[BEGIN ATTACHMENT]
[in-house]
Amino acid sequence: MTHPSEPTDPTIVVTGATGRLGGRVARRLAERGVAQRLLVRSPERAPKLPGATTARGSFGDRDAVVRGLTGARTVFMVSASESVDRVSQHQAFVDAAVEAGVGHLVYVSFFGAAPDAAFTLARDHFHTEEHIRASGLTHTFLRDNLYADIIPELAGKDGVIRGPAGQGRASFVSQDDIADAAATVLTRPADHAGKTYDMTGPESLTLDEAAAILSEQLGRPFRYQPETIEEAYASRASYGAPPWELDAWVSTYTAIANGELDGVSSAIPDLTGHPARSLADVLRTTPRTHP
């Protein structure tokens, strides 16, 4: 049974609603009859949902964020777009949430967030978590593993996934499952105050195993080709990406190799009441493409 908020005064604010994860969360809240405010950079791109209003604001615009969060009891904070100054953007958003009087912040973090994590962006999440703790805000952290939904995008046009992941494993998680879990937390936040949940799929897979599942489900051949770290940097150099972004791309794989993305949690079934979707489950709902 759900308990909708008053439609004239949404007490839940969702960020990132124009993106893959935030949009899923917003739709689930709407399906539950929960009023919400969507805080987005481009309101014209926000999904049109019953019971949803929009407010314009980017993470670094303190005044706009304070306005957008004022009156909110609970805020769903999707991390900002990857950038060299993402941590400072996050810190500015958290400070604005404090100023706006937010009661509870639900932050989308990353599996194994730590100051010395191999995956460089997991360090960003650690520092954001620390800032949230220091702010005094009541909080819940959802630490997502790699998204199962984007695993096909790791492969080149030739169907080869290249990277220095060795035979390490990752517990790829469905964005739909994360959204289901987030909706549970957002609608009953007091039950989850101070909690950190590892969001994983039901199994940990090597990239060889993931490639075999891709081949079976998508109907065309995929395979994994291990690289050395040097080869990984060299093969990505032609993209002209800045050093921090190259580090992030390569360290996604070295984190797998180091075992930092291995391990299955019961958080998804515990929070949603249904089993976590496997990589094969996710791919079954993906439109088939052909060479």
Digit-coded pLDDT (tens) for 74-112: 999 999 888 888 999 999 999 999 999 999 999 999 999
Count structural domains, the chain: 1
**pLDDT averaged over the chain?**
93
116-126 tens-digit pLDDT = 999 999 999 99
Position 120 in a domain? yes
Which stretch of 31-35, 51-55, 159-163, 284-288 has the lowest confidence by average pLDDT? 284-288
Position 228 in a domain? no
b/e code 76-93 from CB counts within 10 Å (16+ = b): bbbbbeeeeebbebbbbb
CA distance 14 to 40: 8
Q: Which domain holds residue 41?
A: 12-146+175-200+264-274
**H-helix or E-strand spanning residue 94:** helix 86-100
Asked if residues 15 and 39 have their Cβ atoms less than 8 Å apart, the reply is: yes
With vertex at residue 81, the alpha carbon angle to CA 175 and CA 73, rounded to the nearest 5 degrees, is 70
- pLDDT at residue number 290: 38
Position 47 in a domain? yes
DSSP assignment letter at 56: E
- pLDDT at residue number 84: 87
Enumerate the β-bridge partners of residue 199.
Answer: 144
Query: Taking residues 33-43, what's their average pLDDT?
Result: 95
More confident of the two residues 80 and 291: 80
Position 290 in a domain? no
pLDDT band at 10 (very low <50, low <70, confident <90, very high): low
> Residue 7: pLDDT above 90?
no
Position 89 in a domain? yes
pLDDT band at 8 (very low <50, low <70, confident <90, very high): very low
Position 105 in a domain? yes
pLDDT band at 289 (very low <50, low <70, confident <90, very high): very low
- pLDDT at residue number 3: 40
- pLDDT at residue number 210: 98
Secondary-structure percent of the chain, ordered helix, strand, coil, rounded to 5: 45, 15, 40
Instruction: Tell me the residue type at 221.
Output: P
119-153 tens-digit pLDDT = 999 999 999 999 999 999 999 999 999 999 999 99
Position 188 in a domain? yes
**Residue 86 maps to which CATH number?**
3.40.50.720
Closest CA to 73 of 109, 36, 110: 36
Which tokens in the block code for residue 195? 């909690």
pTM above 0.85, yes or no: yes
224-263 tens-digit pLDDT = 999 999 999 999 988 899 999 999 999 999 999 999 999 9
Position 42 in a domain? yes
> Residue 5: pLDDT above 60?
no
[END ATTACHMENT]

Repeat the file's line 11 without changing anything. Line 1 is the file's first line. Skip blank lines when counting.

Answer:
Position 228 in a domain? no